Why Inject Additional Risks into Clinical Trials?

Christine Tobin |

With clinical development costs and timelines continuing to escalate— averaging $2 billion and eight years to bring a drug to market¹— and regulatory standards becoming more strict with greater emphasis on trial oversight and the need  for more complex study designs to demonstrate safety and efficacy, the stakes are higher than ever for today’s pharmaceutical developers.

All this means more data, more data sources, and more systems in an environment where budgets and people are ever more strained.

Against this backdrop, clinical trial performance metrics continue to be underwhelming.  Less than 10 percent of trials end on time and nearly half of all sites under-enroll study volunteers.¹

So, at a time when trial sponsors are continually seeking ways to improve efficiencies in the clinical development process, it’s mind-boggling that some are still using outdated, and in many cases, manual approaches to collect, aggregate, and report clinical trial data when automated, centralized solutions streamline operations, improve study efficiencies and yield better results.

Uncertainties, risks and complexities result in poor clinical trial performancePaper Diaries Just Don’t Make the Cut for Clinical Trial Data Capture

Electronic Clinical Outcome Assessment (eCOA) data capture has been around for decades, its benefits widely published. It’s mind-boggling that nearly half of all studies that collect patient outcome data do so using primarily paper solutions.

Paper methods are not reliable, as they offer no controls over data entry timeliness or quality. Data from patients using paper COA are often incomplete (skipped items), illegible (poor handwriting) and illogical (inappropriate responses).

Further, patients using paper COA routinely fail to comply with study protocols regarding scheduled data entry times and end up completing diaries in batches just prior to a site visit (termed ‘parking lot compliance’syndrome’). Patients also forward-fill paper diaries; research showed that 45 percent of patients in a pain study invented data by forward filling at least once.²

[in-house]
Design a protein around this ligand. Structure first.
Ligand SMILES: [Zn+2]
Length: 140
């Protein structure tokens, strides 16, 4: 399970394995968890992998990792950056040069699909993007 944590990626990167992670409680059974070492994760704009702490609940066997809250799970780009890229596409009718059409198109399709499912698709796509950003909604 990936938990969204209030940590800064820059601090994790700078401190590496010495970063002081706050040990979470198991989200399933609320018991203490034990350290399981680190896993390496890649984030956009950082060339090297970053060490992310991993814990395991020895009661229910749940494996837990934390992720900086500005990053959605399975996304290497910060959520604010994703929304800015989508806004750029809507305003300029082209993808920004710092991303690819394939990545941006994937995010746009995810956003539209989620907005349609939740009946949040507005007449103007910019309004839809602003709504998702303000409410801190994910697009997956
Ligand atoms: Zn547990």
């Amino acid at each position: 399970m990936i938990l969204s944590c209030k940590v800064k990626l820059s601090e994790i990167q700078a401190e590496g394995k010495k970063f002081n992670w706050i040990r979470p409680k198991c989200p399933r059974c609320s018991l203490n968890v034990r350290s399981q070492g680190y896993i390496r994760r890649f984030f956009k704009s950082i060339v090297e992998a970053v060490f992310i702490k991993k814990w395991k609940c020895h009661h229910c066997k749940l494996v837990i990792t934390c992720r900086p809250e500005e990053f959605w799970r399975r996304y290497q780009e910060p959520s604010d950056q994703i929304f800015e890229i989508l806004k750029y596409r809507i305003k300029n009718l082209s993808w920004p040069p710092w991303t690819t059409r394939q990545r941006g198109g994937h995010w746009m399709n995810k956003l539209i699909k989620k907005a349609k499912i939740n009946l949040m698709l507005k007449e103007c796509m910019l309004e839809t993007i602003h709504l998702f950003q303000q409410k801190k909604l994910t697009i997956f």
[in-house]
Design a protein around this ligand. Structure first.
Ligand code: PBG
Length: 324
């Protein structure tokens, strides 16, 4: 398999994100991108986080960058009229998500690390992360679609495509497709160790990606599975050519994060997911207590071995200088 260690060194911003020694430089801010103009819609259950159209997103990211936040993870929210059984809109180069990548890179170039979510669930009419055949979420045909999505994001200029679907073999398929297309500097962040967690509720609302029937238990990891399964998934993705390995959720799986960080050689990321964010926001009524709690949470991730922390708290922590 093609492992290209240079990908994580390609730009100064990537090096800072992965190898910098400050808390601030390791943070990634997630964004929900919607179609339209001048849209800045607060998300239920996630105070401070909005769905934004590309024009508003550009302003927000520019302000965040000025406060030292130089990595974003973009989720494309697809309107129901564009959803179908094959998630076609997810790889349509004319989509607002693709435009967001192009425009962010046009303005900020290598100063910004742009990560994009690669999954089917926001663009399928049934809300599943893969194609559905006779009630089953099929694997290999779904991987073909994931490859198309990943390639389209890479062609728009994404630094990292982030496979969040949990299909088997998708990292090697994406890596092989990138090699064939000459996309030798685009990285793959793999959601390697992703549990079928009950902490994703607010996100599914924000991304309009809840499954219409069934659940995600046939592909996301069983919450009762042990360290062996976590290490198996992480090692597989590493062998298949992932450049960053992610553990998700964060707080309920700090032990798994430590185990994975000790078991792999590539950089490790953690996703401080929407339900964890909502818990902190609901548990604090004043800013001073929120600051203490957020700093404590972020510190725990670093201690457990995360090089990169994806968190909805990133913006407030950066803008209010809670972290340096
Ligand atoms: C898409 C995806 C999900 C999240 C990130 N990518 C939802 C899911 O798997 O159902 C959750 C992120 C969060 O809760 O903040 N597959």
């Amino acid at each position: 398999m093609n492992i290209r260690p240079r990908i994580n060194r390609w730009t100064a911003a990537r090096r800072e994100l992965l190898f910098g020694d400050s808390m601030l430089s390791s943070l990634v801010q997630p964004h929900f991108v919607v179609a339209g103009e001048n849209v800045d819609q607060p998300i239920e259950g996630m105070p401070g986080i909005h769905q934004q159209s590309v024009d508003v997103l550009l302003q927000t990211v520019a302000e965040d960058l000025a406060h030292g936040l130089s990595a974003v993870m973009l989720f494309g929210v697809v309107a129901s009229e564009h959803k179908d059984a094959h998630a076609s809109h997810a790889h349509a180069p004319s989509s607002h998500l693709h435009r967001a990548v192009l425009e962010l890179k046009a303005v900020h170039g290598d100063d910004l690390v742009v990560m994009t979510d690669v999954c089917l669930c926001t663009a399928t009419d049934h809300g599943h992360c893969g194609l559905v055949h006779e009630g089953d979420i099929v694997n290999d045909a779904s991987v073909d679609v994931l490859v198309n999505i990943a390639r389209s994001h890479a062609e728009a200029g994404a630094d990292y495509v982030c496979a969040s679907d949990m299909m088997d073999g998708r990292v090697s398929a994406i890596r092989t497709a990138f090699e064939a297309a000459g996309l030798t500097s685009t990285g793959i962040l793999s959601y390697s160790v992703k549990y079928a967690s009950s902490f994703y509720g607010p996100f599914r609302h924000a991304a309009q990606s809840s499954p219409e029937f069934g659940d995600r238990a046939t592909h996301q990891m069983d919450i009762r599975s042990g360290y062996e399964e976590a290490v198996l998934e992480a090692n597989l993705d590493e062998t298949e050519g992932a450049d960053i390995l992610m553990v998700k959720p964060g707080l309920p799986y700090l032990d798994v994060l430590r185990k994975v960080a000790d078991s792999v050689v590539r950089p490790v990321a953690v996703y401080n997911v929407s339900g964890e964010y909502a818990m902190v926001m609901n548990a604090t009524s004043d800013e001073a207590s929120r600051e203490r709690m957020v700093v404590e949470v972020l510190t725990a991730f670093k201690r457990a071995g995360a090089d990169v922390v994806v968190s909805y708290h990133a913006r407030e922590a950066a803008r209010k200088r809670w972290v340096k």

eCOA overcomes all of these challenges, delivers higher quality data and improves study efficiencies. Through built-in reminders, eCOA significantly improves patient protocol compliance (as high as 97%, compared to 30% with paper²). And, its inherent ability to date/time-stamp entries eliminates doubts regarding the timeliness of data collected.

By eliminating out-of-range and incomplete responses and capturing data in real time, sponsors using eCOA eliminate the need for study teams to spend countless hours reviewing paper diary data and seeking follow-up information to confirm data accuracy before database entry, which accelerates time to study close-out.

Don’t Leave Imaging in the Dark Ages

Regulatory agencies are increasingly asking sponsors to include quantitative image analysis for the evaluation of clinical trial data. However, variability across images collected (and subsequent analyses) leads to a need for larger sample sizes, longer timelines and bigger budgets. This means imaging data must adhere to quality standards — not only to meet regulatory expectations, but also to ensure trial outcomes success.

Yet, some sponsors are sticking to traditional approaches to image collection, evaluation and management that cause compliance and data quality issues and often result in lost images, as well as subjective / variable data. But proven technology-driven solutions help sponsors overcome these challenges and bring myriad benefits to clinical studies, including accuracy, consistency, adaptability and compliance — all of which drive efficiencies and enable sponsors to make decisions about endpoints sooner.

Technology-driven imaging solutions deliver myriad benefits in clinical trials
Conclusion

While many sponsors and CROs still rely on outdated, often paper-based data collection and management approaches, the pressure to improve trial efficiencies will bring about changes in how they approach these critical aspects of clinical development.  

In order to keep up with evolving trends – a more competitive marketplace, stricter regulatory standards and the need for more complex study designs to demonstrate safety and efficacy –- trial leaders will need to rethink their current approaches in order to accelerate research and lower development costs.  Only then will they remain competitive and be positioned for success.

Download ‘Minimizing Risk and Uncertainty in Clinical Research’ for 10 tech-driven, easily implemented approaches that give trial leaders confidence in meeting their clinical development goals and help them achieve higher quality data, lower costs and shorter study timelines.

1. “EDC and eCOA/ePRO Market Dynamics and Service Provider Performance,” ISR, 2015.
2. “Patient Non-compliance with Paper Diaries,” British Medical Journal, Stone, A., 2002.

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